Thursday, May 19, 2022

Bungie lawsuit aims to expose abusers of copyright claims on YouTube

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YouTube’s copyright claim system has been repeatedly abused for bogus takedown requests, and Bungie has had enough. TorrentFreak reports the game studio has sued 10 anonymous people for allegedly leveling false Digital Millennium Copyright Act (DMCA) claims against numerous Lot 2 creators on YouTube, and even Bungie itself. The company said the perpetrators exploited a “hole” in YouTube’s DMCA security that allowed anyone to claim to represent a rights holder, allowing “every person, anywhere” to abuse the system to achieve their own ends.

According to Bungie, the perpetrators created a Gmail account in mid-March that was intended to mimic the developer’s copyright partner CSC. They then issued DMCA takedown notices while falsely claiming to represent Bungie, even trying to fool creators with another account that insisted the first was fraudulent. YouTube failed to notice the fake credentials and hit video producers with copyright strikes, even forcing users to remove videos if they wanted to avoid a ban.

YouTube removed the warnings, suspended Gmail accounts and otherwise let the creators reinstate, but not before Bungie struggled with what it called a “circular loop” of support. The company said it broke the cycle only by emailing its Global Finance Director to Google staff, and Google still wouldn’t “share” information to identify the fraudsters. Bungie hoped a DMCA subpoena and other measures would help identify and punish the attackers, including damages that could amount to $150,000 for each false takedown notice.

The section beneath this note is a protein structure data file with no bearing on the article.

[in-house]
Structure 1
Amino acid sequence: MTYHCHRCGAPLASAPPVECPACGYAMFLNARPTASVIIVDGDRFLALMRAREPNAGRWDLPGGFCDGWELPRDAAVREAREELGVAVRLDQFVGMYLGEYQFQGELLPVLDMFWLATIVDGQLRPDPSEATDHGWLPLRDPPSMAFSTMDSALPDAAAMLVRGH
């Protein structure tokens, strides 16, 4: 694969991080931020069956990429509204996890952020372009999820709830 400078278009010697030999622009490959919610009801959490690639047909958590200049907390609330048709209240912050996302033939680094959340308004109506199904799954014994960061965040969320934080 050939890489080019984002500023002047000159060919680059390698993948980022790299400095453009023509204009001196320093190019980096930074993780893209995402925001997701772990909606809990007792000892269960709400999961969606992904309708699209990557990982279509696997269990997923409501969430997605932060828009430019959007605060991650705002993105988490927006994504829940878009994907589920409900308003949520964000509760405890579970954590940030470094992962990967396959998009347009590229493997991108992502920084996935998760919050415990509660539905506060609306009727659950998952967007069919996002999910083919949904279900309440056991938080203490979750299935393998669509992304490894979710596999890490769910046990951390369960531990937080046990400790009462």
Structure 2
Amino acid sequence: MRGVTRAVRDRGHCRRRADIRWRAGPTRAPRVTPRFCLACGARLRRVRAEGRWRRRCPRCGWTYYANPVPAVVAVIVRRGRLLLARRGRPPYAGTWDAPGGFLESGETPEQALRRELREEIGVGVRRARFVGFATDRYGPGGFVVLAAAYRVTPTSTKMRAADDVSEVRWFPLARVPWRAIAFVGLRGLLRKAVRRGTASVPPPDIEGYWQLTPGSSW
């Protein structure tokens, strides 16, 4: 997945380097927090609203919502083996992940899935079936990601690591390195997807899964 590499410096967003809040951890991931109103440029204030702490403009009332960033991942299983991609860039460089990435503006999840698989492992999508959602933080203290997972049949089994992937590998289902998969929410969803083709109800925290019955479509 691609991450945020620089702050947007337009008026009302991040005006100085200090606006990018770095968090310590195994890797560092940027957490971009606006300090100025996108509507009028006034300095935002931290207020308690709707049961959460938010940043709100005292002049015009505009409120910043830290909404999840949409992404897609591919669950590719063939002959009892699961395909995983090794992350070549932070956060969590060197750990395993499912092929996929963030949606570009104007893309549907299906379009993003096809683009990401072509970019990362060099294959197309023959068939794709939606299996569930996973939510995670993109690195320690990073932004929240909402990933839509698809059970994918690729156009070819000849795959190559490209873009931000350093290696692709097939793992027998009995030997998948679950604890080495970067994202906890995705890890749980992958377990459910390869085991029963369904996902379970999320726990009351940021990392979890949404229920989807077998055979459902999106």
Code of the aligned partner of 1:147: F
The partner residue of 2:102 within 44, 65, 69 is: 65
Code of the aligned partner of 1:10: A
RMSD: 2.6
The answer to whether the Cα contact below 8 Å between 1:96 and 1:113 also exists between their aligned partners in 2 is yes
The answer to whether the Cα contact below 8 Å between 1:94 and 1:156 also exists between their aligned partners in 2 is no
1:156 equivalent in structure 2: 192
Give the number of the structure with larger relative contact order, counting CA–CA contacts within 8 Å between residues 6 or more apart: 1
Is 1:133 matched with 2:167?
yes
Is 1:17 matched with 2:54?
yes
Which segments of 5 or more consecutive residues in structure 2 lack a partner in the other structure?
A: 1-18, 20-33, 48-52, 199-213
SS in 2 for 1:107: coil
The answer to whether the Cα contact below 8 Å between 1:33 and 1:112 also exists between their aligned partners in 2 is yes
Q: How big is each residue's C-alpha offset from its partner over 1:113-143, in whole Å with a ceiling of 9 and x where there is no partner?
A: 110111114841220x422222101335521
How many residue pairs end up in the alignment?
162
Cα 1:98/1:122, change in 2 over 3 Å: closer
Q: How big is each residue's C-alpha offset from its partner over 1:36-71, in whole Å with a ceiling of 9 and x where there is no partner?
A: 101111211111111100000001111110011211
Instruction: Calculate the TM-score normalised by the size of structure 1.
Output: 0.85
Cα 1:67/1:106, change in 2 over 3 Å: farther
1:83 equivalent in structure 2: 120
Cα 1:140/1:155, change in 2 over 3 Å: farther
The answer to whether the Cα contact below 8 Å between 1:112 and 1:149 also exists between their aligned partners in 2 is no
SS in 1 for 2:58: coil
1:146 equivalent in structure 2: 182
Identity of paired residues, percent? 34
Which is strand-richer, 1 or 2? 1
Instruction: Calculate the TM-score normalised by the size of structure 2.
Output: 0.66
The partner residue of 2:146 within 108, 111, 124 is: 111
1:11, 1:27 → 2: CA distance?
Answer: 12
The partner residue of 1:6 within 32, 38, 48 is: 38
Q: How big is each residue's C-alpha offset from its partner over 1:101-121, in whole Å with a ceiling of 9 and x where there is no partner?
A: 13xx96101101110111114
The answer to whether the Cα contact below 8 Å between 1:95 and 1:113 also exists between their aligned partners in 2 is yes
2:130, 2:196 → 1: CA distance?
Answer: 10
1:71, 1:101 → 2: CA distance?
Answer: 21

We have asked Google for comment. The lawsuit won’t force YouTube to reform its DMCA system, but Bungie clearly hopes it will put some pressure on it. As it stands, the company believes the fake takedown requests have done lasting damage by creating a “chilling effect” for Destination‘s YouTube stars (who were afraid to post new videos) and harm the community at large.

Update 3/29/22 5:40 PM Easter: “We take abuse of our copyright takedown process seriously, and every year we terminate tens of thousands of accounts for violating our policy, which prohibits submitting false information in a takedown request,” a YouTube spokesperson told cafe-madrid via email. “We will continue our work to prevent abuse of our systems, and we are committed to taking appropriate action against those who knowingly misuse our tools.”

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